Lancashire  England

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In 1887, John Bartholomew's Gazetteer of the British Isles described Lancashire like this:

Lancashire, or Lancaster, co. palatine and maritime shire, in NW. of England. bounded N. by Westmorland and Cumberland, E. by Yorkshire, S. by Cheshire, and W. by the Irish Sea; greatestlength, 76 miles; greatest breadth, 45 miles; area, 1,208,154 ac.; pop. 3,454,441. A detached part of the co., known as Furness (25 miles long, 23 miles broad), is separated from the main portion by Morecambe Bay and a part of Westmorland co. ...

The coast line of Lancashire is very irregular, the chief inlets being Morecambe Bay, Lancaster Bay, and the estuaries of the Mersey and the Ribble. Towards the shore, which comprises great stretches of sand, the land has generally a flat appearance. In the N. and E. it becomes more elevated, but the chief heights are in Furness, where an alt. of 2633 ft. is reached at Coniston Old Man. The principal rivers are the Mersey, Ribble, Lune, Wyre, Winster, and Leven. Peat prevails in the soil of the upland districts, while much of the low lying land consists of a rich loam. The chief crops are oats, wheat, and potatoes. (For agricultural statistics, see Appendix.) Carboniferous limestone abounds in the N. part of the co.; on the coast is the old red sandstone. The great coalfield of Lancashire, the existence of which has greatly contributed towards establishing its pre-eminence as a manufacturing co., covers an area of about 217 sq. miles between the Ribble and the Mersey. Iron is abundant in Furness. Lancashire is intersected by an intricate network of canals and railways. Its immense cotton mfrs. have a world-wide fame, while other textile fabrics are largely produced. Its mfrs. of machinery of all descriptions are also extensive. Lancashire comprises 6 hundreds, 453 pars., the parl. And mun. bors. of Barrow in Furness (1 member), Blackburn, Bolton (2 members each), Burnley, Bury (1 member each), Liverpool (9 members), Manchester (6 members), Salford (3 members), Oldham, Preston (2 members each), Rochdale, St Helens, Wigan (1 member each), the greater part of the parl. and mun. bors. of Ashton under Lyne and Warrington (1 member each), and the mun. bors. of Accrington, Bacup, Blackpool, Bootle cum Linacre, Clitheroe, Heywood, Lancaster, Over Darwen, and Southport. It is comprised in the dioceses of Liverpool, Manchester, Carlisle, and Ripon. For parl. purposes the co. is divided into 23 divisions, each division returning 1 member--North Lancashire, 4 divisions, viz., North Lonsdale, Lancaster, Blackpool, and Chorley; North-East Lancashire, 4 divisions, viz., Darwen, Clitheroe, Accrington, and Rossendale; South-East Lancashire, 8 divisions, viz., West Houghton, Heywood, Middleton, Radcliffe cum Farnmorth, Eccles, Stretford, Gorton, and Prestwich; South-West Lancashire, 7 divisions, viz., Southport, Ormskirk, Bootle, Widnes, Newton, Hindley, and Leigh. The representation of Lancashire was increased from 8 to 23 members in 1885.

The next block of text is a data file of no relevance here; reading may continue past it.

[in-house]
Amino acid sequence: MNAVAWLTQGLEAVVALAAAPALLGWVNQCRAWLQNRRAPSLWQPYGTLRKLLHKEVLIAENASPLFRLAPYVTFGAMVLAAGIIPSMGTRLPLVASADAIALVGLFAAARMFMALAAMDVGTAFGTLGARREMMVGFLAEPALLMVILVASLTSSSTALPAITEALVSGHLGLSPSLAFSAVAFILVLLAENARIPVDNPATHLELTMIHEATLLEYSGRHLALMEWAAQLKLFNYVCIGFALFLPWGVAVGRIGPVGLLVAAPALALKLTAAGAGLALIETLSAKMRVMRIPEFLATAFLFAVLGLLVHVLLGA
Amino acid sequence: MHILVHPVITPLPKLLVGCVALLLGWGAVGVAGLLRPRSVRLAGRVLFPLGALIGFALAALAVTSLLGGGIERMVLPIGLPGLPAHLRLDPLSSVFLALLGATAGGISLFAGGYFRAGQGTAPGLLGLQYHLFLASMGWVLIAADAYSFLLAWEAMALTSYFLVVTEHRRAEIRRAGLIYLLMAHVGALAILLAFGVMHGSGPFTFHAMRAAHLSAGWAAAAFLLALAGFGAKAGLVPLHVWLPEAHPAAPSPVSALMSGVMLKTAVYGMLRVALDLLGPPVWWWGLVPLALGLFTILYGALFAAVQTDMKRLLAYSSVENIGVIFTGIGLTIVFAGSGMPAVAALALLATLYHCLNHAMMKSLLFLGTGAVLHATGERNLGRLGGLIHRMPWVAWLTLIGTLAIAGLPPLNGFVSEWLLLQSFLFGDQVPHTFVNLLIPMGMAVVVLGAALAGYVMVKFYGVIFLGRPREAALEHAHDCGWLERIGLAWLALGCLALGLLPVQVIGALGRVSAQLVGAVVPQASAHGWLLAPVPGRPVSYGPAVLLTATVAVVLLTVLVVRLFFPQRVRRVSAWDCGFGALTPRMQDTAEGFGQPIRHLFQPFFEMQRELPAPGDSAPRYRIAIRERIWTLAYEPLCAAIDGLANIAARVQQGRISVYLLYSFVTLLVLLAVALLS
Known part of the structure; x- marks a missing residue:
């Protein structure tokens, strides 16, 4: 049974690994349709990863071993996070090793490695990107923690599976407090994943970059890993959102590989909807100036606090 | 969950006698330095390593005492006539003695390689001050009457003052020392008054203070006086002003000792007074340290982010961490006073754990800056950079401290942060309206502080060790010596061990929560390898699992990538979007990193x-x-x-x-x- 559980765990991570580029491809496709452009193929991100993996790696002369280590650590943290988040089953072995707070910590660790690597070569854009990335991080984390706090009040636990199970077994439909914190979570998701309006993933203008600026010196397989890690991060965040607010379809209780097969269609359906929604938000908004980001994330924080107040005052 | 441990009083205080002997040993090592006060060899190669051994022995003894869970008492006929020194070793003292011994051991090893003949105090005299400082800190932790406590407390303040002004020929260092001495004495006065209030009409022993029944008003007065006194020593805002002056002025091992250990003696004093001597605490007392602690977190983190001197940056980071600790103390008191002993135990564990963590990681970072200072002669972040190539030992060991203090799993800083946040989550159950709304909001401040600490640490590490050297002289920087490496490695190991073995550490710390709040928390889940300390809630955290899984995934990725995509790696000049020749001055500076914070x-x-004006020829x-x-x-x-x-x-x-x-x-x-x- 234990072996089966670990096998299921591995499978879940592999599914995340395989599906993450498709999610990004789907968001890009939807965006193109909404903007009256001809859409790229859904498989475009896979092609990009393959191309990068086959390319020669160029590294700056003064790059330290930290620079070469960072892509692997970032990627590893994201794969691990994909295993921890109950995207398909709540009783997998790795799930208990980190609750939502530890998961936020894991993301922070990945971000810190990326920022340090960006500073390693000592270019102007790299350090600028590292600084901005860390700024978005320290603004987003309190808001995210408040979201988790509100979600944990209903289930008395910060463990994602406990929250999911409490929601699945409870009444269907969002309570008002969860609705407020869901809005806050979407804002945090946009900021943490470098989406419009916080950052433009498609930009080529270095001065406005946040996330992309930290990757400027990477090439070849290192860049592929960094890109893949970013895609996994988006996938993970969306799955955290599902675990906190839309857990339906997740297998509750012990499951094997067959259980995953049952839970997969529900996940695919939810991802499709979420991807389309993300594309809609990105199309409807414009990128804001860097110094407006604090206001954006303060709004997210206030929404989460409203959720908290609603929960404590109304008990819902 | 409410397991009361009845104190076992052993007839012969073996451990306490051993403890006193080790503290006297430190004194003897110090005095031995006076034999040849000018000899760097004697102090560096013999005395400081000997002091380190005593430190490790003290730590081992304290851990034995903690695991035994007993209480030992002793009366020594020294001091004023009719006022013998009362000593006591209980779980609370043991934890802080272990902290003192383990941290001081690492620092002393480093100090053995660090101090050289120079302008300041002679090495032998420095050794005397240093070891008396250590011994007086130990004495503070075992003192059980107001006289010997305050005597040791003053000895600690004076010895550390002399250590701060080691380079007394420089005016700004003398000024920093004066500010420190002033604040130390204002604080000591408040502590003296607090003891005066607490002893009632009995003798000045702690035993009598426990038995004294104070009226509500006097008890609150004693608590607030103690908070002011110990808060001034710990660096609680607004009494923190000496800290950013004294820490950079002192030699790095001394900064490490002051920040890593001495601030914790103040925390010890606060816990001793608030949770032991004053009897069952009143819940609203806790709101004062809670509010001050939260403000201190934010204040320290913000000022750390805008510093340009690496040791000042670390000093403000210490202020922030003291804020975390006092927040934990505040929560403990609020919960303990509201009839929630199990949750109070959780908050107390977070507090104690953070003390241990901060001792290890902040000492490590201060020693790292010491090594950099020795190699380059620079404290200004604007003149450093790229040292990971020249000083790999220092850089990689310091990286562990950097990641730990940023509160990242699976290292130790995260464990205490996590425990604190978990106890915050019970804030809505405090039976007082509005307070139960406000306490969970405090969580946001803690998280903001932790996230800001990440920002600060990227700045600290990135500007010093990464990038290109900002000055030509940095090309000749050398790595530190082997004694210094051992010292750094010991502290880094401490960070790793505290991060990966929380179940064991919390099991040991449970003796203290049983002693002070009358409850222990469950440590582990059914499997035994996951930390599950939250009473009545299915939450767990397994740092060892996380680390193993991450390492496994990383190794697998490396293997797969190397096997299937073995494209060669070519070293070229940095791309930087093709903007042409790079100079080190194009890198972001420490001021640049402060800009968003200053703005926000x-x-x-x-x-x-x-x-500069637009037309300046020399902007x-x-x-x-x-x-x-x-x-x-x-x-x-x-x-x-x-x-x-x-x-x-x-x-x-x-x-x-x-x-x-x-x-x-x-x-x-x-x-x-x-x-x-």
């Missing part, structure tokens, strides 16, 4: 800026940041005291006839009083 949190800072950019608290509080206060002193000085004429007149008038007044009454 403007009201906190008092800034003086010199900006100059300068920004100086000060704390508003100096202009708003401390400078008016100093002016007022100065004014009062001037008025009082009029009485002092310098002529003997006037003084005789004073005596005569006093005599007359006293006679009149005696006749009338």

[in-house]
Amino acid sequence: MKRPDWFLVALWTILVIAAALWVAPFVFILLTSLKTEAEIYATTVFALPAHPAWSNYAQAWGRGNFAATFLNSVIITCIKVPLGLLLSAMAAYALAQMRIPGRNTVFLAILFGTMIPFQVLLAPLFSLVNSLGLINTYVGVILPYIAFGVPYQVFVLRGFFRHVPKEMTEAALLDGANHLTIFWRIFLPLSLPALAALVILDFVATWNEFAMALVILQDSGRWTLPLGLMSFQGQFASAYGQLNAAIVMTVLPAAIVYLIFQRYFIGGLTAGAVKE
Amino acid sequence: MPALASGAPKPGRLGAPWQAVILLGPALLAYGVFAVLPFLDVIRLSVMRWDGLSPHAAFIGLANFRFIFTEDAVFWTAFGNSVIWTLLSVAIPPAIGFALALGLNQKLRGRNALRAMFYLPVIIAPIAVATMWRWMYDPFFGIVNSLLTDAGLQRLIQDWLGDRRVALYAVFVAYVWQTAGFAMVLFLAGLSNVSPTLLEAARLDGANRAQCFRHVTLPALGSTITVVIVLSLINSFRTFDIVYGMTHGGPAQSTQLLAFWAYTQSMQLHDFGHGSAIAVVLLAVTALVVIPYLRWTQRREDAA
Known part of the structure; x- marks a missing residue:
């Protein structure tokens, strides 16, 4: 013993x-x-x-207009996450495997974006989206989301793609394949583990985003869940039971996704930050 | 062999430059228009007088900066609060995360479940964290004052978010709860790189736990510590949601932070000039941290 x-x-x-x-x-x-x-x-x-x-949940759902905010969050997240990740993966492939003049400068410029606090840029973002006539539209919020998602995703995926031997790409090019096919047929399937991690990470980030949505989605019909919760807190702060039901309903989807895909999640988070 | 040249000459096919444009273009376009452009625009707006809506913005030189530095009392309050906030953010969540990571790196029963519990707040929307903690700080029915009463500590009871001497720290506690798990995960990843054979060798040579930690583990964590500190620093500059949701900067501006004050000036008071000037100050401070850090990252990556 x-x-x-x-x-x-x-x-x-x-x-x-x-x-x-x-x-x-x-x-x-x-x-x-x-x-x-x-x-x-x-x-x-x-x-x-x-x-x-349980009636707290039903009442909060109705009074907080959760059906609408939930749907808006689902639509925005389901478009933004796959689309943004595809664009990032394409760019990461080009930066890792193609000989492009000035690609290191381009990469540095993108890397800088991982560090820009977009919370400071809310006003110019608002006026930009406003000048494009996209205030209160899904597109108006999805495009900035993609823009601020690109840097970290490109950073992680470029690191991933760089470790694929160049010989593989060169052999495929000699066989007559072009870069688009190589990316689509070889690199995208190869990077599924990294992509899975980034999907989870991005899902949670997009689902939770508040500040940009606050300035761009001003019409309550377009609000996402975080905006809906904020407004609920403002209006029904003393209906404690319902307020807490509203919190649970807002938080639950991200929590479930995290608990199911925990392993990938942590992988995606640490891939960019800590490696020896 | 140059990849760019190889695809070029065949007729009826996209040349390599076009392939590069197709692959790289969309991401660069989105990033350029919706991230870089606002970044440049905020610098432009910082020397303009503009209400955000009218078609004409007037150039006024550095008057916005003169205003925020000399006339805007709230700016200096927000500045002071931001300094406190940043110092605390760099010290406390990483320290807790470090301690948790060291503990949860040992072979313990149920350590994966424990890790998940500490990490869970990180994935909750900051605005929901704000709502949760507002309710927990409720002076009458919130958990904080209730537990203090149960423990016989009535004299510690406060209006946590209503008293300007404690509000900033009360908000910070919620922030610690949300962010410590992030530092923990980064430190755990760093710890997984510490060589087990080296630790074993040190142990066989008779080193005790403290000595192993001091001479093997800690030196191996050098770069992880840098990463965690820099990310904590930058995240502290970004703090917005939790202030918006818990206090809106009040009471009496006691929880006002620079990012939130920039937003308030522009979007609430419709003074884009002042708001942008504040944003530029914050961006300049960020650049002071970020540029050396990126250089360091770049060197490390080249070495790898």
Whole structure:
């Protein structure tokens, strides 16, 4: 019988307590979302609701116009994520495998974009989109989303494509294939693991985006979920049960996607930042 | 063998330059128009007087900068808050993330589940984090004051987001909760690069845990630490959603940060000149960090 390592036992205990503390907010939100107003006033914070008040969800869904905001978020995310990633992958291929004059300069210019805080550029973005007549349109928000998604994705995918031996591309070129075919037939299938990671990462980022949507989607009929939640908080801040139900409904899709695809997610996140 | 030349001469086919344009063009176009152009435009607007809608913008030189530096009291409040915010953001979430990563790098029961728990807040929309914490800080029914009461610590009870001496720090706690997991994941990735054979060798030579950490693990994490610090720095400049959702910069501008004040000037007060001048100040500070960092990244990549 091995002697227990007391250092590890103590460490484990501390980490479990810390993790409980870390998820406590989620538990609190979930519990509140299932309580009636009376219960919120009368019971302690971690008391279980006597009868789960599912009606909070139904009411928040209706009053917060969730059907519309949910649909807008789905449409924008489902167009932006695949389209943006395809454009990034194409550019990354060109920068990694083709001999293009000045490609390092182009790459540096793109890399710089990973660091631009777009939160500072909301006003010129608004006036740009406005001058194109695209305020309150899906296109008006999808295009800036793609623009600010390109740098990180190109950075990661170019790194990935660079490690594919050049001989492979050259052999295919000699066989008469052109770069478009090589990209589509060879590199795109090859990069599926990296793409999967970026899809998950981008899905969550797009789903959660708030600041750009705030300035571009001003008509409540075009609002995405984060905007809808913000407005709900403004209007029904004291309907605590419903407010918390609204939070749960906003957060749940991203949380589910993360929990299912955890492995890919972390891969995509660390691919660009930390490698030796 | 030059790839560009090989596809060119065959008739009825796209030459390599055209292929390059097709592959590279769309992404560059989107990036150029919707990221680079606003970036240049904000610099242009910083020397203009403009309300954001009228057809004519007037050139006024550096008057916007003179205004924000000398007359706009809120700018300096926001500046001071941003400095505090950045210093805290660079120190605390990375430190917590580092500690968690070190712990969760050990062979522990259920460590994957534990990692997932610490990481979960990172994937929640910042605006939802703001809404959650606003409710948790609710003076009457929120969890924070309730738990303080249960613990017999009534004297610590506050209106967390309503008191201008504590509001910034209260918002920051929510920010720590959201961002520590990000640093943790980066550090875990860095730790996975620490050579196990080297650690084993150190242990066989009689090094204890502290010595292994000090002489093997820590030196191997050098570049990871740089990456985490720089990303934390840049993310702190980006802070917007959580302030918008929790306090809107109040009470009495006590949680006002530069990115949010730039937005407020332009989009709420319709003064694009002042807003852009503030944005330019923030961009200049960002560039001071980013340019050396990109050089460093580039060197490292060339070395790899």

Lancashire through time

Lancashire is now part of Lancashire county. Click here for graphs and data of how Lancashire has changed over two centuries. For statistics about Lancashire itself, go to Units and Statistics.

Lancashire -- but you should check this covers the area you are interested in.

How to reference this page:

GB Historical GIS / University of Portsmouth, History of Lancashire | Map and description for the county, A Vision of Britain through Time.


Date accessed: 22nd July 2024

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